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Why fork out $900 for a pair of Christian Louboutins when you can whip up your own red-soled kicks with a $3 tester pot of paint? That’s the question many savvy—and cash-strapped—Brits have arrived at, according to a U.K. home-improvement retailer. Not only have sales of Duracoat’s “Flame” and “Show Stopper” increased by 40 percent compared with the year before, claims Homebase, but the uptick is the result of women cribbing the French shoemaker’s signature red soles. Will the mini-movement make its way across the Atlantic? Lowe’s and Home Depot, you have been warned.
RED OR DEAD?
Peter Rooney, manager at the Homebase store in Acton, London, said sales of the paint have “rocketed.” “Many people tend to look at magazines to get the right paint color for walls and furniture, but we’ve noticed significant numbers of girls color-matching tester pots to pictures of designer shoes in fashion magazines,” he told the Telegraph.”They have also asked staff for tips on how to paint on leather or rubber.”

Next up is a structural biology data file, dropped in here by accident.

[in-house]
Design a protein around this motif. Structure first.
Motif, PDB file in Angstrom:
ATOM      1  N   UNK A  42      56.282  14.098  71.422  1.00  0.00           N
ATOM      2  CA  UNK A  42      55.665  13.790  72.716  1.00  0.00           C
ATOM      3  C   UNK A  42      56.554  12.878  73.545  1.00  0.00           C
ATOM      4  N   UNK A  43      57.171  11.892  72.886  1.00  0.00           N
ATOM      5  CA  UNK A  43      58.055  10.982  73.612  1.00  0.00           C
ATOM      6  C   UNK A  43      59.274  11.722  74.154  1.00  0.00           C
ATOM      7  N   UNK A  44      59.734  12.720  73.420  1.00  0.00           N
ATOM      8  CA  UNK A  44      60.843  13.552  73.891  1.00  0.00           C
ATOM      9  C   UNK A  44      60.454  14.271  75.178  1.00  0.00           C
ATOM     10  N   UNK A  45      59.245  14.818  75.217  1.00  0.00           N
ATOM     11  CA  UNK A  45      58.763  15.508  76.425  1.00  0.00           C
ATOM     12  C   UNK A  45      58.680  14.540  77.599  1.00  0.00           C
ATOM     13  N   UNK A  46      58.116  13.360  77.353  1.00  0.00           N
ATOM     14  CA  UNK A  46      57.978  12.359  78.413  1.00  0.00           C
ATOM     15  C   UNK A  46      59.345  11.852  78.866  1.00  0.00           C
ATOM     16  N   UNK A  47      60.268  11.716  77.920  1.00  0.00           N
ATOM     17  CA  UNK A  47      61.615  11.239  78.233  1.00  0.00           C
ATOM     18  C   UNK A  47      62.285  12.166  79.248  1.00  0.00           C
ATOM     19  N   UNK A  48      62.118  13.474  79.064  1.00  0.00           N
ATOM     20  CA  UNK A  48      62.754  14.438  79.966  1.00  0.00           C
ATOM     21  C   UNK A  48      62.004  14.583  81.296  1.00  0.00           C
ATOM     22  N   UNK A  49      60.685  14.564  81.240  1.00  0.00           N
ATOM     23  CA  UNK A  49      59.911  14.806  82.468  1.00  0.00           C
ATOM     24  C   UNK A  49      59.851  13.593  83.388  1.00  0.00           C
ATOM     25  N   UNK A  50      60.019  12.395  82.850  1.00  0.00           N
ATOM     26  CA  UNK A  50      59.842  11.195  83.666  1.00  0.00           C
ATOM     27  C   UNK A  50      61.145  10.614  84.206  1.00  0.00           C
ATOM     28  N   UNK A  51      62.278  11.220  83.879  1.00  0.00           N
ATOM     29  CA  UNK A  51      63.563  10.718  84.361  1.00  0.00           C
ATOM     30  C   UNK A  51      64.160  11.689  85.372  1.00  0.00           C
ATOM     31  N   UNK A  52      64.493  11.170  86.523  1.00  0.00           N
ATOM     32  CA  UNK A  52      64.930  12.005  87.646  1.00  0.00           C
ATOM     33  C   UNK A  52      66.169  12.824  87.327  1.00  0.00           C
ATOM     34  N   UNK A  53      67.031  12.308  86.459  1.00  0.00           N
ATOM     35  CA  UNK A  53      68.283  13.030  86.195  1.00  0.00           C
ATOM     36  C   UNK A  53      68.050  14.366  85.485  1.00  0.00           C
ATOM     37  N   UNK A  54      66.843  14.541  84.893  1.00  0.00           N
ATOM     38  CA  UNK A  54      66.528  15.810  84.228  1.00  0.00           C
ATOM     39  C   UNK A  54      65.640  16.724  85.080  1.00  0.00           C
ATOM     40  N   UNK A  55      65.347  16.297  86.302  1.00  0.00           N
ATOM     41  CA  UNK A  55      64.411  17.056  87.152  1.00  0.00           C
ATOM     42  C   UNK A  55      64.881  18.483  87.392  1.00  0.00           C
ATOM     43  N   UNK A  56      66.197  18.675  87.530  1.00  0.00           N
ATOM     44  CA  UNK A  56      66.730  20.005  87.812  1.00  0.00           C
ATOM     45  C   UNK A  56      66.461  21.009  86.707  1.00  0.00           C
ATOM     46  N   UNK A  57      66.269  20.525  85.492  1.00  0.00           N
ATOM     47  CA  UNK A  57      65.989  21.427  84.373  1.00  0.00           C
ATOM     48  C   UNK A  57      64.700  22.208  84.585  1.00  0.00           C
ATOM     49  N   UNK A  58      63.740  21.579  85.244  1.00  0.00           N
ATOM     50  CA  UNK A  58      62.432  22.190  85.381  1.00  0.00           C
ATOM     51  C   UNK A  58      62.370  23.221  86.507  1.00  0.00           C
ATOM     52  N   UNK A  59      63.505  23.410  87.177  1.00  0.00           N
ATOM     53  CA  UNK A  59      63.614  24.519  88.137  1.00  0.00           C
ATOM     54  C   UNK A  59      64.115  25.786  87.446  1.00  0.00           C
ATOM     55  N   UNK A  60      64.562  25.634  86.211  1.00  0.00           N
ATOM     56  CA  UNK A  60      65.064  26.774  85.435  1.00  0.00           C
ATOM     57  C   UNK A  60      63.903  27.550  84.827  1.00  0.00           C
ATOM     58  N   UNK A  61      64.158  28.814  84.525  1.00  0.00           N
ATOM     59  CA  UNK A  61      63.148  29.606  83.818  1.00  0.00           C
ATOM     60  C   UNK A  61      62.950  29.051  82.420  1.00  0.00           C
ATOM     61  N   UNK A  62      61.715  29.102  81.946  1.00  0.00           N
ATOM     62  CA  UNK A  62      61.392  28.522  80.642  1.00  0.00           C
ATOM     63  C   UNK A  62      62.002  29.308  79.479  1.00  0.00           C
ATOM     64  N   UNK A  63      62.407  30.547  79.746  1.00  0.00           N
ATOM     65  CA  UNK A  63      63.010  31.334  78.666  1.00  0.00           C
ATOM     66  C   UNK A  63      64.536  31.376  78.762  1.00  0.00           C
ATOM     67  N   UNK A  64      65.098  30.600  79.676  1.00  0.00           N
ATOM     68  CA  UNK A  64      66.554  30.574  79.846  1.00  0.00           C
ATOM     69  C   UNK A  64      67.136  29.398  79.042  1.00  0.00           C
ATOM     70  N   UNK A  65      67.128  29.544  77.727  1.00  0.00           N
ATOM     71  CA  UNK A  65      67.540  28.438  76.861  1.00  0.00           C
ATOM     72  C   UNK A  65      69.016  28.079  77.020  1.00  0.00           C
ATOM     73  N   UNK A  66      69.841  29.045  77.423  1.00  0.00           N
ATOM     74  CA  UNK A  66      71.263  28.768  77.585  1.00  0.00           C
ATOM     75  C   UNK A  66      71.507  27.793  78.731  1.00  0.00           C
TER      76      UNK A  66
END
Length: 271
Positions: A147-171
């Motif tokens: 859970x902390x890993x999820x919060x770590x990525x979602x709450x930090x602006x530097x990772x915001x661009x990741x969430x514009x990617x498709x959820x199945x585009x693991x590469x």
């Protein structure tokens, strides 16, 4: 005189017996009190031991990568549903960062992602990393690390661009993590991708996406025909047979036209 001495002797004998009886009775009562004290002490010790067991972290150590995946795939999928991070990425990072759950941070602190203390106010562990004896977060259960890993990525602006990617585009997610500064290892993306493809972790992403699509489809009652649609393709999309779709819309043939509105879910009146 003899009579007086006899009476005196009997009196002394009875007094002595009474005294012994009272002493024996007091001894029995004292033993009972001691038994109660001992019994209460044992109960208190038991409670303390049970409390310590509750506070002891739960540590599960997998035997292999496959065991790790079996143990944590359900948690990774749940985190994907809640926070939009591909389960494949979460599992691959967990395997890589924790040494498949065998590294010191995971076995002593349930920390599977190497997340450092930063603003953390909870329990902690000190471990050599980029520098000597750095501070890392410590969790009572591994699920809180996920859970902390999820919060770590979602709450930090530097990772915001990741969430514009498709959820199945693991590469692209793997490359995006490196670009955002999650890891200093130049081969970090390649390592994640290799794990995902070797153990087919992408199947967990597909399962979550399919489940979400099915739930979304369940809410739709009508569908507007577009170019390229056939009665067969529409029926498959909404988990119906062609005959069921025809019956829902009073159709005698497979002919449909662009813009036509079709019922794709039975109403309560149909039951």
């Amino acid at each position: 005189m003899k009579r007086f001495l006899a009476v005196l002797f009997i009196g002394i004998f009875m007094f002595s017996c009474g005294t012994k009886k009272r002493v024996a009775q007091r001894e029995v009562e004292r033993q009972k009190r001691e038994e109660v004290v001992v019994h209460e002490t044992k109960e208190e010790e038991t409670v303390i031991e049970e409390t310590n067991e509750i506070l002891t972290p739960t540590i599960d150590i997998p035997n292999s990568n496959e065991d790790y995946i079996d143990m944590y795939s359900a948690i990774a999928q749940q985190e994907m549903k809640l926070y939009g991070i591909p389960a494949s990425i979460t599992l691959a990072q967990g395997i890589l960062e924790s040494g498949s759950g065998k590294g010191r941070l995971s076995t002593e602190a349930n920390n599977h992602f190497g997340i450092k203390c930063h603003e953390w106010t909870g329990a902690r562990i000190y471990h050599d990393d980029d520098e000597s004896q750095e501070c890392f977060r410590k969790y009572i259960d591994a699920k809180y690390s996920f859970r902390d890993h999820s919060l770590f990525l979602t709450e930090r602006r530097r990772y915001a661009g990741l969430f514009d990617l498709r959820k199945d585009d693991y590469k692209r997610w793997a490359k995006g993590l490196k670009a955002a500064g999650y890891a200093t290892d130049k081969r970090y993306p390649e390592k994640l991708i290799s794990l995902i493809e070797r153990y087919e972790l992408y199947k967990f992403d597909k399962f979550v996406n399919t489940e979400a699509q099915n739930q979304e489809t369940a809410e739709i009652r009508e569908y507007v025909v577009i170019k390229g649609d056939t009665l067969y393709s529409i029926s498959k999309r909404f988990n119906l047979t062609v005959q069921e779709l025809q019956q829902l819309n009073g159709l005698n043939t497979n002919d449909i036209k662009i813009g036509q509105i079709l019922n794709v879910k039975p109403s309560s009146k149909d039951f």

In 1992, Louboutin painted the bottom of a pair of shoes with an assistant’s nail polish to give them more “energy.”
Recreating the Louboutin look is ridiculously easy: Louboutin famously came up with the idea in 1992 when he painted the bottom of a pair of shoes with an assistant’s nail polish to give them more “energy.” Before he knew it, flashing a red sole became the identifier of the rarified elite, so much so that the designer has fought tooth and nail to protect his trademark.
For would-be do-it-yourselfers, Homebase senior paint buyer Richard Johnson offers the following tip: “The tester pots would have enough paint to cover the sole of an average-sized shoe, but we would advise people to ensure they do apply it properly so it can achieve a really good visual effect.” YouTube is also a treasure trove of ways to achieve the coveted look for less.
[Via Daily Mail]